This supplement (""""""""Revision"""""""") to our currently funded grant entitled, """"""""Bone Microarchitecture: The Framingham Osteoporosis Study,"""""""" expands the scope of the genetics work of the parent grant. It will extend the genome- wide association study (GWAS) of the parent grant to the realm of potentially more functional, less common variants that will provide important data on the contribution of these variants to bone microarchitecture measured by high resolution peripheral quantitative computed tomography (HR-pQCT). Ideally, the best way to identify potentially functional genetic variants associated with bone microarchitecture is to have sequencing data from as much of the genome as possible. Although deep sequencing represents a powerful approach for the discovery of the complete spectrum of variants that cause diseases, the cost of obtaining and analyzing whole genome or even exome-sequences on a large human sample remains prohibitive. Therefore, this study will make use of exome chip data along with dense genome wide genotyping data in several cohorts with HR- pQCT phenotypes to impute less common and potentially functional variants across the whole genome. The imputation will make use of a growing reference panel of whole genome sequencing that has emerged from several international efforts. To accomplish our aim, we have assembled all the cohorts from around the world who currently have HR-pQCT phenotypes and DNA available. The approach to be taken in this project will involve the following steps: 1) Use existing GWAS genotyping and exome chip genotyping from the family- based Framingham Study to impute variants with minor allele frequency as low as 0.5%;2) Obtain the same GWAS and exome chip genotyping in three other cohorts with the identical HR-pQCT-derived bone microarchitecture phenotypes;3) Perform the whole genome imputation in those population-based cohorts using an integrated reference panel consisting of 10,000 publicly available whole genome sequences;4) Meta-analyze results from cohort specific association analyses using the imputed genotypes;5) Prioritize the most significant findings in the meta-analyses, using statistical significance levels as well as bioinformatic tools to predict functional potential (e.g. ENCODE, eQTL analysis);6) Validate the accuracy of the imputed variants having the most significant association with bone microarchitecture by performing de-novo genotyping in the Framingham Study;7) Replicate the most significant associations for variants with confirmed accurate genotype in five other HR-pQCT cohorts using de-novo genotyping. Our strategy of identifying both common and less common, potentially causal variants in protein-coding regions and non-coding regulatory regions represents a robust conceptual paradigm for the study of bone microarchitectural deterioration that characterizes the disease, osteoporosis.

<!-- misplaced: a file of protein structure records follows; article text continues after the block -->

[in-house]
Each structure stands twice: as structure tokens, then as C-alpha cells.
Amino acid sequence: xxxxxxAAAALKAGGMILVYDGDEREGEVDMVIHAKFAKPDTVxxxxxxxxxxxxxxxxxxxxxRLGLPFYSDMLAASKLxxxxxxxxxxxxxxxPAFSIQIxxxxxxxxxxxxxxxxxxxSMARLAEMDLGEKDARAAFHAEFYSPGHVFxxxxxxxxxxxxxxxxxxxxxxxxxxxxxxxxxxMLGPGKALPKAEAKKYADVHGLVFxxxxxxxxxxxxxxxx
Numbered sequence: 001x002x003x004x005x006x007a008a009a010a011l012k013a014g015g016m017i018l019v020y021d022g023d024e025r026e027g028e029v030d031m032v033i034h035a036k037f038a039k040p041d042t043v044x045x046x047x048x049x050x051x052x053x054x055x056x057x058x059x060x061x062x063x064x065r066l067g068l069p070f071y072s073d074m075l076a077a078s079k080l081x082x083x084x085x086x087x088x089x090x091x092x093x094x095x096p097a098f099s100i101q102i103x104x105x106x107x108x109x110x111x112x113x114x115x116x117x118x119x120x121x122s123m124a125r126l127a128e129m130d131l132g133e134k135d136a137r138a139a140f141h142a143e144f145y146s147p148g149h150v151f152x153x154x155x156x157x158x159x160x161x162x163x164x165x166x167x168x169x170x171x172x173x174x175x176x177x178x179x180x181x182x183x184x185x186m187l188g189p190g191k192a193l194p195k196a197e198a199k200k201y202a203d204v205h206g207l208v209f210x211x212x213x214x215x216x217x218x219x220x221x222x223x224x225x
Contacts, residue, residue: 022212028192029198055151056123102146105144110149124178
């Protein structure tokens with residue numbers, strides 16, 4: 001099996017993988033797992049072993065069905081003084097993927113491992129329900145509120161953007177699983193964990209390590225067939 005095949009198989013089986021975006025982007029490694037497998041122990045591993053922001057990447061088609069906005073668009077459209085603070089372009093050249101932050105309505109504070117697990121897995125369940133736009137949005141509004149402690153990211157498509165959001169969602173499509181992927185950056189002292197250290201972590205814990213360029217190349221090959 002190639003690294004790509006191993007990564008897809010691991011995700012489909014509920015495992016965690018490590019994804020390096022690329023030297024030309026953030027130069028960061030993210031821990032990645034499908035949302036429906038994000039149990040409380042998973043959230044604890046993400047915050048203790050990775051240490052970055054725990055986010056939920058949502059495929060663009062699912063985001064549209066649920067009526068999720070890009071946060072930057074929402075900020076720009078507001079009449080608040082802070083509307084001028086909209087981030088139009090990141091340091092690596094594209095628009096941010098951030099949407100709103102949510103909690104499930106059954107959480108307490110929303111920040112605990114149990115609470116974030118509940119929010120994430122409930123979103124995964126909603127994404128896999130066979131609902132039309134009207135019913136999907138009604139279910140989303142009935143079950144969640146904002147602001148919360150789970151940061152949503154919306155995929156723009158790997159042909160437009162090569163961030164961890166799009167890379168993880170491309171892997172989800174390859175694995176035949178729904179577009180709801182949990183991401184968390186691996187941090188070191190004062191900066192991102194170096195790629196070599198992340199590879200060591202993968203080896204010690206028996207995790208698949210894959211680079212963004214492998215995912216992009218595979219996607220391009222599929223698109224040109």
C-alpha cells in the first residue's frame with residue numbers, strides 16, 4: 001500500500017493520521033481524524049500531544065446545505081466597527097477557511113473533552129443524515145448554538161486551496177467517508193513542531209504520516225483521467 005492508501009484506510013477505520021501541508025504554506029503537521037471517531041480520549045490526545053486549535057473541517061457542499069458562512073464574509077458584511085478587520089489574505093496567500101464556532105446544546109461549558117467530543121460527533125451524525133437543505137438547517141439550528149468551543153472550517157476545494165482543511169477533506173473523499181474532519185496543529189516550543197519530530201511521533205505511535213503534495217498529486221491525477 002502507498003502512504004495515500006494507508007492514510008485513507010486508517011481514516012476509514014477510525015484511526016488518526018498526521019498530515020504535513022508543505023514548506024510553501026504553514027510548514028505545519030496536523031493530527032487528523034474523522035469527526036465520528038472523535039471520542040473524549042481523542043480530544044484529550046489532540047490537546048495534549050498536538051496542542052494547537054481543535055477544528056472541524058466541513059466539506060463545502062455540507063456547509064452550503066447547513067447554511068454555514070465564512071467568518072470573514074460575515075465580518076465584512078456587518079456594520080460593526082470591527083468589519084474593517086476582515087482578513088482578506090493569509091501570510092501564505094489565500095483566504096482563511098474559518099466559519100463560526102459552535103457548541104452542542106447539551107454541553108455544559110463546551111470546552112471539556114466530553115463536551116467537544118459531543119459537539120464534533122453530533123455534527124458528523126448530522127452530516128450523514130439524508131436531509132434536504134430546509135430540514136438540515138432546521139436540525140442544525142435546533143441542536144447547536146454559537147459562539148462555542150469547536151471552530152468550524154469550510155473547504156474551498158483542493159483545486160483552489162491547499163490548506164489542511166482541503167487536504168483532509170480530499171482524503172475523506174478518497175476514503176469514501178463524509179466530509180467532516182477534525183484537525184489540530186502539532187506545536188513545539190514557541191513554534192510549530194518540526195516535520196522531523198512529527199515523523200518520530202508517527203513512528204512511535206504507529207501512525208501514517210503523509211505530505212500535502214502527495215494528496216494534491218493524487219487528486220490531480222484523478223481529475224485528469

This research is relevant to public health because if we discover potentially functional genetic variants associated with bone microarchitecture, this may lead to the identification of novel new pathways that influence bone health, and that may be leveraged to develop new treatments for osteoporosis.
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|Liu, Ching-Ti; Sahni, Shivani; Xu, Hanfei et al. (2018) Long-Term and Recent Weight Change Are Associated With Reduced Peripheral Bone Density, Deficits in Bone Microarchitecture, and Decreased Bone Strength: The Framingham Osteoporosis Study. J Bone Miner Res 33:1851-1858|
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|Karasik, David; Demissie, Serkalem; Lu, Darlene et al. (2017) Bone Strength Estimated by Micro-Finite Element Analysis (µFEA) Is Heritable and Shares Genetic Predisposition With Areal BMD: The Framingham Study. J Bone Miner Res 32:2151-2156|
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